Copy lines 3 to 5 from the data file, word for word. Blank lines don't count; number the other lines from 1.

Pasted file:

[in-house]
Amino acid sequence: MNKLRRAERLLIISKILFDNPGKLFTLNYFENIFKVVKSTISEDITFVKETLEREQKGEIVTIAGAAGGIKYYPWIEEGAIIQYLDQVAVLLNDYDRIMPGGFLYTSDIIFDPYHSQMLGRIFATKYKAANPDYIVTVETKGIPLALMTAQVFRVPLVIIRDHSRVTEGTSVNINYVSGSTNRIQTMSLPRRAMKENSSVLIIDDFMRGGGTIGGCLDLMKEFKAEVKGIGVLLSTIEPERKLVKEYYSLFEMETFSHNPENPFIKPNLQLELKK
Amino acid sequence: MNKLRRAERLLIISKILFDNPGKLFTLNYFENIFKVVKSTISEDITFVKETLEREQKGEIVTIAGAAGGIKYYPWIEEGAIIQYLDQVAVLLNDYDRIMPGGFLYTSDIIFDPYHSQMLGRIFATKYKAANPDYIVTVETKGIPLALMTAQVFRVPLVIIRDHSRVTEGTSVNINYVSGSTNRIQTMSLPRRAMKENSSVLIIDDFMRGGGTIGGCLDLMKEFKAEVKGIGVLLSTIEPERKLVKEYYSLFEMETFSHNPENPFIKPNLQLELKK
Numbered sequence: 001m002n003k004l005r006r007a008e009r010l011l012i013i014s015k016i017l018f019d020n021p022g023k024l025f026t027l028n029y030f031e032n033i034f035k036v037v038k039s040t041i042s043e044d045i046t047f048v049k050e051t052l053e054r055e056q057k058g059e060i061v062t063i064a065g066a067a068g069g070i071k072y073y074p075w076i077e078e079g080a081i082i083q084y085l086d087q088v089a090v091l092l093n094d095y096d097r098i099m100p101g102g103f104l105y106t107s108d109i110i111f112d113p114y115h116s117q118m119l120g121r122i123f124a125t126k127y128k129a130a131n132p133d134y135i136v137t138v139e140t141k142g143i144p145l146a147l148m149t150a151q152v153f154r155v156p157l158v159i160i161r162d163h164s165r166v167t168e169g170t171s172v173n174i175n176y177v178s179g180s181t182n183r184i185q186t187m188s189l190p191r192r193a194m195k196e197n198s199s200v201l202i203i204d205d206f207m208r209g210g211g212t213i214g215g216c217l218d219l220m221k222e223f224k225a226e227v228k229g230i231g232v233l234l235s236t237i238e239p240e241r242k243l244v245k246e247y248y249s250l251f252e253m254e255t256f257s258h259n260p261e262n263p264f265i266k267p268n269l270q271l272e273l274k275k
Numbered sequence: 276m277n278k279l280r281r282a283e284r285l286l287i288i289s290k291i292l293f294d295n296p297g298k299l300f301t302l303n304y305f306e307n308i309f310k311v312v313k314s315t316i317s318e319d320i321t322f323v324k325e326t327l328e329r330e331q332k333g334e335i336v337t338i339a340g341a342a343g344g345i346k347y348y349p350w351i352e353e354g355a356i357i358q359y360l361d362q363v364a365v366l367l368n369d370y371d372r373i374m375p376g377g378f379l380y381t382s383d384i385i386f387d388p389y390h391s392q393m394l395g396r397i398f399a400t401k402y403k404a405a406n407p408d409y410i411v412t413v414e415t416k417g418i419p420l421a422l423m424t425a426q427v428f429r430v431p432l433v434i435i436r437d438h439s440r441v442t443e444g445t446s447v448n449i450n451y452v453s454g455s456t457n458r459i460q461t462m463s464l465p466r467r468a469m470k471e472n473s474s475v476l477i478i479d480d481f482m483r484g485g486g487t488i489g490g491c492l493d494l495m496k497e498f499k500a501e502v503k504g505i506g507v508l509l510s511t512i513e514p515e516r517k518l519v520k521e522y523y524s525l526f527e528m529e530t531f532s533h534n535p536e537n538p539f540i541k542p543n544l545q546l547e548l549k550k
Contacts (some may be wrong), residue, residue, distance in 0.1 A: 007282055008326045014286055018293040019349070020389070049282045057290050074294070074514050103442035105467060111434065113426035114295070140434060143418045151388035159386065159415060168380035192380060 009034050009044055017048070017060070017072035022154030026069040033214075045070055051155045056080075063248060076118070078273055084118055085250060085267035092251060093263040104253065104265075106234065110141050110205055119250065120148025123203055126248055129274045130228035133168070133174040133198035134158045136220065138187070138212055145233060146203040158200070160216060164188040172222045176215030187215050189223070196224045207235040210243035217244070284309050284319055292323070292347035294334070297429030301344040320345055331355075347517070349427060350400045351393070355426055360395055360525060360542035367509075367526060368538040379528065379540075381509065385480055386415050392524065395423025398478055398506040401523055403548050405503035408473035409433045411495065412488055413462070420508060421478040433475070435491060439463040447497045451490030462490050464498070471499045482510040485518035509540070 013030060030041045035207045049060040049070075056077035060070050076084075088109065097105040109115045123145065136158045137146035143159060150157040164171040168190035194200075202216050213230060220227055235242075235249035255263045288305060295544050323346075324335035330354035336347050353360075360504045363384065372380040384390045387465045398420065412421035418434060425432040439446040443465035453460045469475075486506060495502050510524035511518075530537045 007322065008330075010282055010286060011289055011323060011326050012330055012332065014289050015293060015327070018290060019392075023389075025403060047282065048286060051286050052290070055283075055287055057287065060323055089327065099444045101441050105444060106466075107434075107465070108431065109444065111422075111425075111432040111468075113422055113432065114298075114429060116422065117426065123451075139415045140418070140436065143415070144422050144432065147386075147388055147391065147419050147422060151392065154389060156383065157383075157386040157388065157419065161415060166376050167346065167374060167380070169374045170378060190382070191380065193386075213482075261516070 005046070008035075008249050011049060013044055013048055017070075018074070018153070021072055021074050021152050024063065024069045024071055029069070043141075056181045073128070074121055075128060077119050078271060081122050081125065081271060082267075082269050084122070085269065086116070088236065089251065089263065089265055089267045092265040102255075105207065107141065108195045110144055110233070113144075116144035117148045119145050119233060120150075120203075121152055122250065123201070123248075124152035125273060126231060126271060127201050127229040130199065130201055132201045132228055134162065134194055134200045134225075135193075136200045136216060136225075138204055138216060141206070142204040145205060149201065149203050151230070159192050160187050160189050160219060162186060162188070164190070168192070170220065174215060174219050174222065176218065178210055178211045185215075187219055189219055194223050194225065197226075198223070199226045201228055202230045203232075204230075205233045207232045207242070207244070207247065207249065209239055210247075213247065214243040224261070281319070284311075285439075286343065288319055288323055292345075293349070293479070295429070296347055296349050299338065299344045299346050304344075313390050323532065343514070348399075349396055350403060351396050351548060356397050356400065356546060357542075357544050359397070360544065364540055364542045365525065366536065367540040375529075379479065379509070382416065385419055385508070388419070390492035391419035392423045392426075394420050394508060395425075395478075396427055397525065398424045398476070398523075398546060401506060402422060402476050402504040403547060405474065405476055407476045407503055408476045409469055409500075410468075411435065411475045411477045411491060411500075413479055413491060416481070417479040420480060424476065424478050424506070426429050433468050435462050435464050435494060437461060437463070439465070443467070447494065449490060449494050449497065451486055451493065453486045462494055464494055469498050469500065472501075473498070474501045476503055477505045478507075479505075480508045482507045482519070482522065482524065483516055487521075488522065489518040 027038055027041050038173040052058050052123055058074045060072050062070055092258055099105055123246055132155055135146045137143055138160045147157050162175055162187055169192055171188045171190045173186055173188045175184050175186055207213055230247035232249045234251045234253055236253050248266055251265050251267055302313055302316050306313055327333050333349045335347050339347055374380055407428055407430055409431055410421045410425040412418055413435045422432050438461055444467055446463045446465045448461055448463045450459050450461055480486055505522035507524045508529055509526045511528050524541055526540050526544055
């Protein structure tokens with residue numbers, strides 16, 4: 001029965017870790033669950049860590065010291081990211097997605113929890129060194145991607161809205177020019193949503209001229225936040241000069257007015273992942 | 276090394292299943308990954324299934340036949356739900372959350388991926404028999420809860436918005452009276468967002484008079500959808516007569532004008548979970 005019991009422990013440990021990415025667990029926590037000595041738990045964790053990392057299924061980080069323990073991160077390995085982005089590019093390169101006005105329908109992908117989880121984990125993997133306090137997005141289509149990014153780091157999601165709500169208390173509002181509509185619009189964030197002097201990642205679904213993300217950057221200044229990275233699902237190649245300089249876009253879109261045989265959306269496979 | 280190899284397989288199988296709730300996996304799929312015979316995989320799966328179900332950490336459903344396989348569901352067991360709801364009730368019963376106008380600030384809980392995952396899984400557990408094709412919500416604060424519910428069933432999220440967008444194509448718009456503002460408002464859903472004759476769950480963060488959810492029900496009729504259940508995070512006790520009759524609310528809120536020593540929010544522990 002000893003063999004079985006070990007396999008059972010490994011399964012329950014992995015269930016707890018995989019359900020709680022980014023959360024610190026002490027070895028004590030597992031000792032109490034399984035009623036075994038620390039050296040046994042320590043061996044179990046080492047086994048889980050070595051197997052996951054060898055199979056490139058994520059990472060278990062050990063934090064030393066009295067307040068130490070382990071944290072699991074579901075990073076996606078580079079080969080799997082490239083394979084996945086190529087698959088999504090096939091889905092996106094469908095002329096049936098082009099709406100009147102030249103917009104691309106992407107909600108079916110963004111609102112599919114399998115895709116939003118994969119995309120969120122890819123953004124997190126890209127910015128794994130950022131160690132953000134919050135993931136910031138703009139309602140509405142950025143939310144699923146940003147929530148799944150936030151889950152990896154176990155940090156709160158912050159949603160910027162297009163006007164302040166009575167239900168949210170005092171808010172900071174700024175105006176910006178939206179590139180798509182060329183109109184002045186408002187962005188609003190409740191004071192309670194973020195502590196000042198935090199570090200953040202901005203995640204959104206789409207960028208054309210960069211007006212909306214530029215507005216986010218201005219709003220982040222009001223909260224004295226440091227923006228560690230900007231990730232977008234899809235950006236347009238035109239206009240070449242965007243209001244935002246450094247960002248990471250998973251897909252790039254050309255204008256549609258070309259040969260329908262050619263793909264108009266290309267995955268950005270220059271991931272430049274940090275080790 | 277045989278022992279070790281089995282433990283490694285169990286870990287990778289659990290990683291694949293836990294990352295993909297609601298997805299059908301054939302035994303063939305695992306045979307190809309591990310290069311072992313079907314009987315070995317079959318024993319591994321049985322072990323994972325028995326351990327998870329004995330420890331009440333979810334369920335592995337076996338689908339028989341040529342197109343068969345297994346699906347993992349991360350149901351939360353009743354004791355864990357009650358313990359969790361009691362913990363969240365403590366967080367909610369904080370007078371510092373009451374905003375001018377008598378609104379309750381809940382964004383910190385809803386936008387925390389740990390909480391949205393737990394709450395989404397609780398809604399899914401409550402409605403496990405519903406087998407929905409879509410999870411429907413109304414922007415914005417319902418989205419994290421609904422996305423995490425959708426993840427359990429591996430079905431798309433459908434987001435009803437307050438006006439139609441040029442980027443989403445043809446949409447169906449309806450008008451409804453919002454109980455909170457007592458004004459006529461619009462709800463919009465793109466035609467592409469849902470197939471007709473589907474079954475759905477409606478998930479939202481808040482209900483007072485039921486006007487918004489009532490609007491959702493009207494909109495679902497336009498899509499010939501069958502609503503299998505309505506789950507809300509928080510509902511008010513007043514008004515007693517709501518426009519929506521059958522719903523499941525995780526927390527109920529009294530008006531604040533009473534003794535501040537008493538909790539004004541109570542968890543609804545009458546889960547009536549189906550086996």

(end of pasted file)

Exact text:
Amino acid sequence: MNKLRRAERLLIISKILFDNPGKLFTLNYFENIFKVVKSTISEDITFVKETLEREQKGEIVTIAGAAGGIKYYPWIEEGAIIQYLDQVAVLLNDYDRIMPGGFLYTSDIIFDPYHSQMLGRIFATKYKAANPDYIVTVETKGIPLALMTAQVFRVPLVIIRDHSRVTEGTSVNINYVSGSTNRIQTMSLPRRAMKENSSVLIIDDFMRGGGTIGGCLDLMKEFKAEVKGIGVLLSTIEPERKLVKEYYSLFEMETFSHNPENPFIKPNLQLELKK
Numbered sequence: 001m002n003k004l005r006r007a008e009r010l011l012i013i014s015k016i017l018f019d020n021p022g023k024l025f026t027l028n029y030f031e032n033i034f035k036v037v038k039s040t041i042s043e044d045i046t047f048v049k050e051t052l053e054r055e056q057k058g059e060i061v062t063i064a065g066a067a068g069g070i071k072y073y074p075w076i077e078e079g080a081i082i083q084y085l086d087q088v089a090v091l092l093n094d095y096d097r098i099m100p101g102g103f104l105y106t107s108d109i110i111f112d113p114y115h116s117q118m119l120g121r122i123f124a125t126k127y128k129a130a131n132p133d134y135i136v137t138v139e140t141k142g143i144p145l146a147l148m149t150a151q152v153f154r155v156p157l158v159i160i161r162d163h164s165r166v167t168e169g170t171s172v173n174i175n176y177v178s179g180s181t182n183r184i185q186t187m188s189l190p191r192r193a194m195k196e197n198s199s200v201l202i203i204d205d206f207m208r209g210g211g212t213i214g215g216c217l218d219l220m221k222e223f224k225a226e227v228k229g230i231g232v233l234l235s236t237i238e239p240e241r242k243l244v245k246e247y248y249s250l251f252e253m254e255t256f257s258h259n260p261e262n263p264f265i266k267p268n269l270q271l272e273l274k275k
Numbered sequence: 276m277n278k279l280r281r282a283e284r285l286l287i288i289s290k291i292l293f294d295n296p297g298k299l300f301t302l303n304y305f306e307n308i309f310k311v312v313k314s315t316i317s318e319d320i321t322f323v324k325e326t327l328e329r330e331q332k333g334e335i336v337t338i339a340g341a342a343g344g345i346k347y348y349p350w351i352e353e354g355a356i357i358q359y360l361d362q363v364a365v366l367l368n369d370y371d372r373i374m375p376g377g378f379l380y381t382s383d384i385i386f387d388p389y390h391s392q393m394l395g396r397i398f399a400t401k402y403k404a405a406n407p408d409y410i411v412t413v414e415t416k417g418i419p420l421a422l423m424t425a426q427v428f429r430v431p432l433v434i435i436r437d438h439s440r441v442t443e444g445t446s447v448n449i450n451y452v453s454g455s456t457n458r459i460q461t462m463s464l465p466r467r468a469m470k471e472n473s474s475v476l477i478i479d480d481f482m483r484g485g486g487t488i489g490g491c492l493d494l495m496k497e498f499k500a501e502v503k504g505i506g507v508l509l510s511t512i513e514p515e516r517k518l519v520k521e522y523y524s525l526f527e528m529e530t531f532s533h534n535p536e537n538p539f540i541k542p543n544l545q546l547e548l549k550k